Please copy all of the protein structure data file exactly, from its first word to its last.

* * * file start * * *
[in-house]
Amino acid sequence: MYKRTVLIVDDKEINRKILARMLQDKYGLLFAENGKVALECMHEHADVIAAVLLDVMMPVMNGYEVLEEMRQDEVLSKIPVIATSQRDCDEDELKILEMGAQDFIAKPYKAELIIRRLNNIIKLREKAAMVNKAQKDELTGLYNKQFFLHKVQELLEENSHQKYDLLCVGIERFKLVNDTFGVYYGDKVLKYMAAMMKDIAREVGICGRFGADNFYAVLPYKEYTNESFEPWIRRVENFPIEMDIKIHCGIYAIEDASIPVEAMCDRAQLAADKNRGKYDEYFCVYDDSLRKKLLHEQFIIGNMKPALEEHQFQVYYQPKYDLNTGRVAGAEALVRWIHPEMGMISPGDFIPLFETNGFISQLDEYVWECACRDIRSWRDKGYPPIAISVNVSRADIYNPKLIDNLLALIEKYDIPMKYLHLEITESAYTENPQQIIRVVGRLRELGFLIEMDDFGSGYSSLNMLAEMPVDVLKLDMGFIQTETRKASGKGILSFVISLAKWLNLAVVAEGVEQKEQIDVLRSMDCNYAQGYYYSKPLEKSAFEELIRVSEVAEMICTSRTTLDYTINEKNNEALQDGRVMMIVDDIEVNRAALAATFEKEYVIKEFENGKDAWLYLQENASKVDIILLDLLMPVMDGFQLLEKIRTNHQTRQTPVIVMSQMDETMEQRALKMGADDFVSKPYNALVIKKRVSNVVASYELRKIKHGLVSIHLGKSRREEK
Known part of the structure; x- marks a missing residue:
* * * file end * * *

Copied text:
[in-house]
Amino acid sequence: MYKRTVLIVDDKEINRKILARMLQDKYGLLFAENGKVALECMHEHADVIAAVLLDVMMPVMNGYEVLEEMRQDEVLSKIPVIATSQRDCDEDELKILEMGAQDFIAKPYKAELIIRRLNNIIKLREKAAMVNKAQKDELTGLYNKQFFLHKVQELLEENSHQKYDLLCVGIERFKLVNDTFGVYYGDKVLKYMAAMMKDIAREVGICGRFGADNFYAVLPYKEYTNESFEPWIRRVENFPIEMDIKIHCGIYAIEDASIPVEAMCDRAQLAADKNRGKYDEYFCVYDDSLRKKLLHEQFIIGNMKPALEEHQFQVYYQPKYDLNTGRVAGAEALVRWIHPEMGMISPGDFIPLFETNGFISQLDEYVWECACRDIRSWRDKGYPPIAISVNVSRADIYNPKLIDNLLALIEKYDIPMKYLHLEITESAYTENPQQIIRVVGRLRELGFLIEMDDFGSGYSSLNMLAEMPVDVLKLDMGFIQTETRKASGKGILSFVISLAKWLNLAVVAEGVEQKEQIDVLRSMDCNYAQGYYYSKPLEKSAFEELIRVSEVAEMICTSRTTLDYTINEKNNEALQDGRVMMIVDDIEVNRAALAATFEKEYVIKEFENGKDAWLYLQENASKVDIILLDLLMPVMDGFQLLEKIRTNHQTRQTPVIVMSQMDETMEQRALKMGADDFVSKPYNALVIKKRVSNVVASYELRKIKHGLVSIHLGKSRREEK
Known part of the structure; x- marks a missing residue: